Gradle, etc.

Volume 18, Issue 1; 16 Mar 2015; last modified 06 Apr 2015

A few thoughts on improving build processes.

Anyone can do any amount of work provided it isn't the work he is supposed to be doing at the moment.

Robert Benchley

As a diversion from the pressure of the sprint to ship MarkLogic 8 , I did a fair bit of behind-the-scenes reworking and refactoring of some of my projects. Mostly, I tinkered with the build and engineering release processes. Mostly in aid of making Depify easier and better.

First, continuous integration (CI) servers are a modern marvel. If you build software with any kind of seriousness, you have your code in a source code repository and you have unit tests and test suites and regression tests, and at the end of the day, you're only human.

Your CI server is not. It is ruthlessly, unremorsefully, rigerously pedantic. On every commit to your repository, it will build your code and run your tests. Did you fail to commit a change? CI will find it. Did you install a library locally and forget to add it to the repository? CI will find it. Did you upgrade something in your local environment that's masking a bug, CI will find it.

The Travis CI service for projects hosted at GitHub is simply fantastic.

Above and beyond building code and running tests, CI can be told to do other, useful tasks upon success (or failure). I've now arranged for several projects ( XML Resolver , xslt20-java , annotations , XML Calabash , and the XML Calabash documentation ) to build and deploy distribution artifacts upon the successful build of a tagged commit.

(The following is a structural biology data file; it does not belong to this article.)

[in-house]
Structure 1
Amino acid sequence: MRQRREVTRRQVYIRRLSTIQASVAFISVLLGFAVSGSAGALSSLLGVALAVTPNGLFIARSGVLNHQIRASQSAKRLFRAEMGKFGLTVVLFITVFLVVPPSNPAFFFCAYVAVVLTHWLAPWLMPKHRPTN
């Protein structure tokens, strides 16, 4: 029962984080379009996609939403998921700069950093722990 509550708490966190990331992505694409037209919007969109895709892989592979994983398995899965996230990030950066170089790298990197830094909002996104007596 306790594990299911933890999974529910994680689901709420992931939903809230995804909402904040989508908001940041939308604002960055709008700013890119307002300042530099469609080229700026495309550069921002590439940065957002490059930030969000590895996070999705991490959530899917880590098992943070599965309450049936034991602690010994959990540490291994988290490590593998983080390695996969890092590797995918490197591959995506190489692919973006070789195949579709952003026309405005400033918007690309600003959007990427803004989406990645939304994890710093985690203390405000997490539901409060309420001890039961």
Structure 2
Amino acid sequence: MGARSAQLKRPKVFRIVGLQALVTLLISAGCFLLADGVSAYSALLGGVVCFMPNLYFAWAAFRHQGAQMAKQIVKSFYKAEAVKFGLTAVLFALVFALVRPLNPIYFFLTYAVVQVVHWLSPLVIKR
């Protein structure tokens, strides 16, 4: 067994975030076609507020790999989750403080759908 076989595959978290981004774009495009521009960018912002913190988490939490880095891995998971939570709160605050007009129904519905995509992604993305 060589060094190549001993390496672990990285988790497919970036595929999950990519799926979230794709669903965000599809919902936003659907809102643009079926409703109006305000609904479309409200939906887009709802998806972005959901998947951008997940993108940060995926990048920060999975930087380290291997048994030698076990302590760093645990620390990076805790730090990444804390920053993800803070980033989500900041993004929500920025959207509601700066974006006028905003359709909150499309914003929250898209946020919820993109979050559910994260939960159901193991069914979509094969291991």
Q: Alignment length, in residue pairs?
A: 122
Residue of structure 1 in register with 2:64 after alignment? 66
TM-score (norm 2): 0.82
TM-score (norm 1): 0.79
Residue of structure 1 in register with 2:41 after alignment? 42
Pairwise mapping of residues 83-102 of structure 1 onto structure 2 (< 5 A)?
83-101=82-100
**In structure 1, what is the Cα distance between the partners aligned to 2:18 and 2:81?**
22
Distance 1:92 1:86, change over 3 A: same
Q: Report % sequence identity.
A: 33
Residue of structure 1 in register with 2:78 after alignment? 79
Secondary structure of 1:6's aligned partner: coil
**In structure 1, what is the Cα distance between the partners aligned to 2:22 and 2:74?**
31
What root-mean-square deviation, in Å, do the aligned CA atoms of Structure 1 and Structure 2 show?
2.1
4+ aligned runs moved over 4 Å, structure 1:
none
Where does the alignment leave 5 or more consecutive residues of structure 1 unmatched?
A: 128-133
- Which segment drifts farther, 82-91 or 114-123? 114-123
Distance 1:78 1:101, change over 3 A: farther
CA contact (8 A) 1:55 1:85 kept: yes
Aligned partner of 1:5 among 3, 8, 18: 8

It was a little bit of effort to make the whole thing work, but it's a huge improvement in process. Instead of any fiddling with the release, I make the “I'm doing a release” commit, CI says it worked, I tag that branch, I push the tag, and a release happens.

The other major change in process was the switch to Gradle for project automation. I'm going to be completely honest: I am not a big fan of Groovy , perhaps because I haven't really gotten my head around it, and I find a lot of Gradle damned near impenetrable, perhaps for the same reason. But I managed to get it all to work and I managed to usefully take advantage of Maven repositories. I even, sweet $DIETY , managed to work out how to publish Maven artifacts with Gradle, a task I only sporadically managed to accomplish with Ant .

I think that's better. Writing again is better too. I must try to keep it up.

Comments

You've linked to Wikipedia with a broken link.
Broken:
http://en.wikipedia.org/wiki/Groovy_%28programming_language
Corrected:
http://en.wikipedia.org/wiki/Groovy_%28programming_language%29

—Posted by Derek on 17 Mar 2015 @ 07:53 UTC #

Thinking of Gradle and MarkLogic, take a look at Rob Rudin's ml-gradle project.

—Posted by Dave Cassel on 27 Mar 2015 @ 03:58 UTC #

Thanks, Derek. Fixed.

—Posted by Norman Walsh on 06 Apr 2015 @ 07:04 UTC #